I've watched all the previous seasons of Curb Your Enthusiasm with devotion and really loved the show. I seldom failed to laugh out loud at David's anti-social, comedic tendencies. I remember some times just staring at the television, mouth hanging open. I was awed by David's seemingly endless capacity to inadvertently insult and offend those around him. Damn! I'm also a little bit in love with his much-hassled, put upon wife, Cheryl (played by Cheryl Hines).
Season Five of the series is good, to be sure, but some critical element of freshness is now gone from the mix. I know other critics have been carping about this, and I don't want to pile on, because I've always enjoyed the series so much. But, as David would say, this group of ten episodes left me feeling ehhhh.
Also, I think it would be really difficult to top the season that saw Larry David win a role in a stage production of Mel Brooks' The Producers. I experienced more winces and cringes during that batch of episodes than in any TV show since Ricky Gervais's The Office. And that's a compliment. I love it when discomfort, anxiety and humor mix on these programs...there's something realistic and downright addictive about watching people turn their lives into train wrecks.
Curb Your Enthusiasm's fifth season follows a two-part "story arc." The first story involves Larry's quest to find out if he's actually adopted. He hires a private detective, played by Mekhi Phifer, to find out. The second story involves comedian Richard Lewis, and his need of a kidney transplant. Turns out - of course - that Larry David is a perfect match. Only thing is, he doesn't want to donate a kidney and will do anything to avoid it (including hoping against hope that Lewis's cousin, Louis Lewis, will die in a coma so his organs can be transplanted...).
Both of these stories climax in an interesting - if not always inspired - fashion in the final episode of the season, "The End," which sees David meet the folks whom he believes are his biological parents: cornfed, Christians from the mid-west. Also, the kidney issue is resolved with a trip to the afterlife, but any further detail would spoil the fun.
My favorite episode of the season was the seventh installment, entitled "The Seder." This involved Larry inviting Rick Lefkowitz (The Daily Show's Rob Corddry), a convicted sex offender, to a religious dinner celebration. The other guests included a rampant conservative (and David, of course, is a progressive...), and a doctor that David suspected was stealing his newspaper every morning. As you can imagine, plenty of shame, mistakes and disasters got spread around before the half-hour was over.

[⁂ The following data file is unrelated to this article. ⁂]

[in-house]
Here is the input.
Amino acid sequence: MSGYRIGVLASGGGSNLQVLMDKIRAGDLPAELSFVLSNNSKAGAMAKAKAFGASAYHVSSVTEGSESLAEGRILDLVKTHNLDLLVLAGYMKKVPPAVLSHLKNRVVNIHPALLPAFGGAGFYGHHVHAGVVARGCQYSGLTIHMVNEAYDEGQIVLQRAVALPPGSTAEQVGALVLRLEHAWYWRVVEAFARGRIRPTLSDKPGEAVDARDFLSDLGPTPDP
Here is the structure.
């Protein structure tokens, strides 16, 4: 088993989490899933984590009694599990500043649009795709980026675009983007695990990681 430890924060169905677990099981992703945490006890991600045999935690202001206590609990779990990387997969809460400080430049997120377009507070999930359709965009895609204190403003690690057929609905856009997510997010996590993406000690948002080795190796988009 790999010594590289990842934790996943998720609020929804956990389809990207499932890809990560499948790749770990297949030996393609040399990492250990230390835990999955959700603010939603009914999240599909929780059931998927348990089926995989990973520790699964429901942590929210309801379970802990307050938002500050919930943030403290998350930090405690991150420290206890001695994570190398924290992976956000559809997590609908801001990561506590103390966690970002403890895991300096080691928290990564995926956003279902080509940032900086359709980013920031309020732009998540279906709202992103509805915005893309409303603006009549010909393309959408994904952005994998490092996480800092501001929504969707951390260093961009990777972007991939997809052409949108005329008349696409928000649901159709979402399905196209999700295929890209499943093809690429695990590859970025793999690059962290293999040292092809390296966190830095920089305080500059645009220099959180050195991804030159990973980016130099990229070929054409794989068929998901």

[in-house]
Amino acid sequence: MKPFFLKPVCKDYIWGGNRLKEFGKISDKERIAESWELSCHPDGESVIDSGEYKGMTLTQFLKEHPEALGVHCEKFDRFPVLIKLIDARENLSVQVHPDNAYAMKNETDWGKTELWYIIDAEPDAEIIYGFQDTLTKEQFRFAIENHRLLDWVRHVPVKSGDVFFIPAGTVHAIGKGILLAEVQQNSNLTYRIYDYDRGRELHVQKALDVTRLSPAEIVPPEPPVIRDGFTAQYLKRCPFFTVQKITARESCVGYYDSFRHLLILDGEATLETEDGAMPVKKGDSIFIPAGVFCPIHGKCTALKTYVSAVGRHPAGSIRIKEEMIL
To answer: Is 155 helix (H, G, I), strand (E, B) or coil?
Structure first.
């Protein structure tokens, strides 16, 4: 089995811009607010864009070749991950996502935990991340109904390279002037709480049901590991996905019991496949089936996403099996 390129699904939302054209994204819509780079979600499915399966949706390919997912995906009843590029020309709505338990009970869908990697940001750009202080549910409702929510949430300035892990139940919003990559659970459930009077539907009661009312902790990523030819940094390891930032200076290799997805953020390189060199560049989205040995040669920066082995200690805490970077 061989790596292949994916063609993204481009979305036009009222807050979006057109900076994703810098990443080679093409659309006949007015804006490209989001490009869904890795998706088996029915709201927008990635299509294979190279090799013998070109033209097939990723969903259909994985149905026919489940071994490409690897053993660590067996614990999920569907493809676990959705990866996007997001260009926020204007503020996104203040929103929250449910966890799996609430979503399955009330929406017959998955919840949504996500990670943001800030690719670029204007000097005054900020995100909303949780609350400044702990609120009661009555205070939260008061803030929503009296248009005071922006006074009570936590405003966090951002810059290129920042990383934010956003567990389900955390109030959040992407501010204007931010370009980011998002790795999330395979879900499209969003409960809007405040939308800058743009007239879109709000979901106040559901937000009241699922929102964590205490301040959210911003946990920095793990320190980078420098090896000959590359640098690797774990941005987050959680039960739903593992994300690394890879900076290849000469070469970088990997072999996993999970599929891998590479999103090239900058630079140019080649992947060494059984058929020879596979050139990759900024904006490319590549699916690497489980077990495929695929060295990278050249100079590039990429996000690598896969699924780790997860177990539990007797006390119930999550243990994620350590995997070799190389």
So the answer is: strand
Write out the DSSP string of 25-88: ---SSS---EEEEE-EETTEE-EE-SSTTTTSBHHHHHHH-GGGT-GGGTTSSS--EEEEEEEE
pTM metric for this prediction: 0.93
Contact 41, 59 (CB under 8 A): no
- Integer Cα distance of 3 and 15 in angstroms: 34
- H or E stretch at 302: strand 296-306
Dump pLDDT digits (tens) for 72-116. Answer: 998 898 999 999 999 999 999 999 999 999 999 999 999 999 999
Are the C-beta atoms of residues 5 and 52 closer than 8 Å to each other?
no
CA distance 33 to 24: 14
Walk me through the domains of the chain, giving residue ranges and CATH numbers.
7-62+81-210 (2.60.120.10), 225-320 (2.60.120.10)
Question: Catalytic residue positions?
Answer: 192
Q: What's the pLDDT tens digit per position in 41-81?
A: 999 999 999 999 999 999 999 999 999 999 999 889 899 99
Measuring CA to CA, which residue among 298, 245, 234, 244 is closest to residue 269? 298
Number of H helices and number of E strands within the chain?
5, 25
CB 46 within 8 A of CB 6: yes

Seinfeld was always famous for giving the world new catchphrases, and I think Larry David's Curb Your Enthusiasm is trying to do the same thing. This year, we met a character, Jeff's ex-girlfriend, who had "an unusually large vagina" ("The Ski Life") and also learned Jeff and Larry's "double transgression" theory. Maybe this stuff isn't as memorable as "master of your domain," but it's all funny nonetheless. It just isn't innovative.
Come the end of Season Five, it appeared that Larry David was about to meet his maker, and face judgment in the afterlife for all the people whom he has crossed swords with during five hysterical seasons. As David lay in a hospital bed dying, and a rabbi asked him if he wanted to make peace, the film cut to a lengthy montage of David's previous escapades on the series. This sequence had a valedictory feeling of "The End" (as the episode is titled), and again, I recalled Seinfeld, and how that series ended: with all the characters going off to the slammer after videotaping a crime, but not lifting a finger to stop it.
Here, Larry David questions his faith and heritage, and sees it restored. He dies, and returns to life. He claims to be a changed man...but we see he hasn't changed at all when he uses a handicapped bathroom. That's probably a perfect place to call it quits on Curb Your Enthusiasm: with the recognition that even a brush with death will not change Larry David's nature.
Now, I'm not saying the show should be cancelled. If it returns, I'll no doubt return for the encore. But really, how else can Larry David surprise us or keep us laughing? His "shtick" at this point is a known quantity, and so much of comedy depends on feelings of surprise and shock. If Curb Your Enthusiasm returns for a sixth season, I also hope that Cheryl will be more central a figure, like she was in the earlier seasons. She's still Larry David's best "straight man," as far as I'm concerned. The embarrassment David generates wherever he goes work best when someone close to him has to deal with it, and Cheryl Hines has mastered the slow burn. Her constant rejoinder to his insanity, "okay," speaks volumes about his nuttiness. It's a reply to cut off further debate, it's a prayer to the Lord to end her suffering, and it's always delivered with perfection.